- Ted Cruz against the world
- David Vitter's hypocritical, punitive, horrible new amendment
- Louie Gohmert: Women should be forced to carry nonviable pregnancies to term
- Could hackers destroy the U.S. power grid?
- Democrats may be even worse than Republicans at regulating Wall Street
- Eric Holder versus journalism
- A progressive defense of drones
- There's no substitute for government disaster relief
- Holder signed off on search warrant for reporter
- Mississippi could begin prosecuting women for miscarriages
- Mike Judge: "Bowling for Columbine" made me pro-gun
- Closing Gitmo is not enough
Featured Slide Shows
The week in 10 picsclose X
- 1 of 11
Lisa Montgomery embraces her nephew Thursday after a tornado tore apart her home in Cleburne, Texas. The twister killed six people and destroyed entire swaths of the North Texas town.
Credit: AP/LM Otero
Jack McMahon, the defense attorney for abortion doctor Kermit Gosnell, speaks outside the Criminal Justice Center in Philadelphia Tuesday. His client was convicted of killing three babies in his clinic, and will serve multiple life sentences.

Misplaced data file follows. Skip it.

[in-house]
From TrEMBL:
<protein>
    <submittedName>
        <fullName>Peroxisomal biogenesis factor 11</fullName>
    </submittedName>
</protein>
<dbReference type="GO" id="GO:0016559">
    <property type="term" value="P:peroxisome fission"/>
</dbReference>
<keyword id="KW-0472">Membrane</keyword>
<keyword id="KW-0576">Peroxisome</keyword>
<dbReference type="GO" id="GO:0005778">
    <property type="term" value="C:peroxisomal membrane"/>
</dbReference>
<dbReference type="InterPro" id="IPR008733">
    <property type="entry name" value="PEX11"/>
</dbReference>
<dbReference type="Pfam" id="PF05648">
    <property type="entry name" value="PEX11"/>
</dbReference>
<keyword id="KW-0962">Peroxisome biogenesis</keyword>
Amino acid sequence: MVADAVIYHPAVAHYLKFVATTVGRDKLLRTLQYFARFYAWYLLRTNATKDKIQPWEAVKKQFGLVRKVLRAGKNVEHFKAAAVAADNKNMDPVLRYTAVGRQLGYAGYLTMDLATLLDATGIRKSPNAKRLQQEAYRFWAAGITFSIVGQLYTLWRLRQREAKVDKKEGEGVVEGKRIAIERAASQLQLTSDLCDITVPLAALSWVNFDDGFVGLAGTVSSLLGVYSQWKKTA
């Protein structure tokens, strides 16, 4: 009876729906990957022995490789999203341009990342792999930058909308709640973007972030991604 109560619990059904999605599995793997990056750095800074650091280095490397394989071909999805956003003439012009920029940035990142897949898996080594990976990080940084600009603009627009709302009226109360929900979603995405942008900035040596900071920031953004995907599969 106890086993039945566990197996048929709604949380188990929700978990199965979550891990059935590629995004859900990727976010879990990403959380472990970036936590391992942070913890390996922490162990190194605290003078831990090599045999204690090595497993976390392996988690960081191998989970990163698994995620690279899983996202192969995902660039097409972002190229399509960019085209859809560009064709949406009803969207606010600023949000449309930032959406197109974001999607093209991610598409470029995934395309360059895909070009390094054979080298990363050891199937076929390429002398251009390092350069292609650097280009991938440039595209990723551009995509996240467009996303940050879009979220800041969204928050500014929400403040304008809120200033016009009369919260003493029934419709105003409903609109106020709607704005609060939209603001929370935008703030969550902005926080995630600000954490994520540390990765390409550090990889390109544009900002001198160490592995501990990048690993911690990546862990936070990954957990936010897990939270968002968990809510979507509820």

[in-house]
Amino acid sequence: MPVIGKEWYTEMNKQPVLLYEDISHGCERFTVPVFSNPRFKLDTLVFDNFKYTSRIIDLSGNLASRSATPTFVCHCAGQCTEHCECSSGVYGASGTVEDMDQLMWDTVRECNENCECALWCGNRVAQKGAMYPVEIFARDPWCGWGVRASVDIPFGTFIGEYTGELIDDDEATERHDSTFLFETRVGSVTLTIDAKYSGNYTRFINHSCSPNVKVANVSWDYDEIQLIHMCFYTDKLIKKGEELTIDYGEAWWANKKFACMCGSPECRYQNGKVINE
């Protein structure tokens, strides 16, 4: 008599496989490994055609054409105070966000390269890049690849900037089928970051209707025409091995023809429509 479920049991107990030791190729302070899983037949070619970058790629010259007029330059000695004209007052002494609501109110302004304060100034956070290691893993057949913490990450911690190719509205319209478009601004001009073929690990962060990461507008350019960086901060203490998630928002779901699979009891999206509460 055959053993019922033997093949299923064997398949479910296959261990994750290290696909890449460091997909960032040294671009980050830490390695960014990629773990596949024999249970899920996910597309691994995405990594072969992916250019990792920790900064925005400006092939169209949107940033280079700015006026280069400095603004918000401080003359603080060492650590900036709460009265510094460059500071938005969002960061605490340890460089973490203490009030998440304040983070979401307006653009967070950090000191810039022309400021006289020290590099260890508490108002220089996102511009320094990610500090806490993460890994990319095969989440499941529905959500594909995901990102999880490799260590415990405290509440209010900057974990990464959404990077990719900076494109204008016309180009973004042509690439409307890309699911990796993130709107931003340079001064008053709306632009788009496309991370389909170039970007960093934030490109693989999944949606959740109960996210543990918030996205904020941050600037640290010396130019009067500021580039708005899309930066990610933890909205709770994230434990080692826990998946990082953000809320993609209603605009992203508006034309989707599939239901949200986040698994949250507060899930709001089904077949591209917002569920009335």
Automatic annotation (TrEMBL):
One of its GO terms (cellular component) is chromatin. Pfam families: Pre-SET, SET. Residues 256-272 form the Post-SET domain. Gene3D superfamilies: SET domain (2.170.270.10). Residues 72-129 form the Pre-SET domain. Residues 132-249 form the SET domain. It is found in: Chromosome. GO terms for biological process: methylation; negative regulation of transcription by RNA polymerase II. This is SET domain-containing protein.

Credit: AP/Matt Rourke
A photo taken Monday captures Vice President Joe Biden's response to a Milwaukee second-grader's innovative proposal to end America's epidemic of gun violence. This guy!
Credit: AP/Jenny Aicher
Sen. Rand Paul, R-Ky., flanked by a grouper-eyed Michele Bachmann, addresses the IRS' admission that it targeted Tea Party groups in advance of the 2012 election. In an op-ed for CNN Thursday, the Kentucky senator slammed the president for his faux outrage.
Credit: AP/Molly Riley
Ousted IRS chief Steven Miller is sworn in on Capitol Hill Friday. Miller testified before the House Ways and Means Committee on the extra scrutiny the agency gave conservative groups applying for tax-exempt status.
Credit: AP/J. Scott Applewhite
Attorney General Eric Holder pauses as he testifies on Capitol Hill before the House Judiciary Committee Wednesday. Holder is under fire, among other things, for the Justice Department's gathering of phone records at the Associated Press.
Credit: AP/Carolyn Kaster
O.J. Simpson sits during an evidentiary hearing at Clark County District Court in Las Vegas, Nev., Thursday. Simpson, who is currently serving a nine-to-33-year sentence in state prison for armed robbery and kidnapping, is using a writ of habeas corpus to seek a new trial.
Credit: AP/Las Vegas Review-Journal/Jeff Scheid
Major Tom to ground control: On Sunday astronaut Chris Hadfield recorded the first music video from space, a cover of David Bowie's "Space Oddity."
Credit: AP/NASA/Chris Hadfield
When it rains it pours. President Barack Obama speaks during a news conference Thursday with Turkish Prime Minister Recep Tayyip Erdogan, inexplicably inspiring an #umbrellagate Twitter meme.
Credit: AP/Jacquelyn Martin
A smoke plume rises high above a road block at the intersection of County A and Ross Road east of Solon Springs, Wis., Tuesday. No injuries were reported, but the the wildfire caused evacuations across northwestern Wisconsin.
Credit: AP/The Duluth News-Tribune/Clint Austin
Recent Slide Shows
- 1 of 11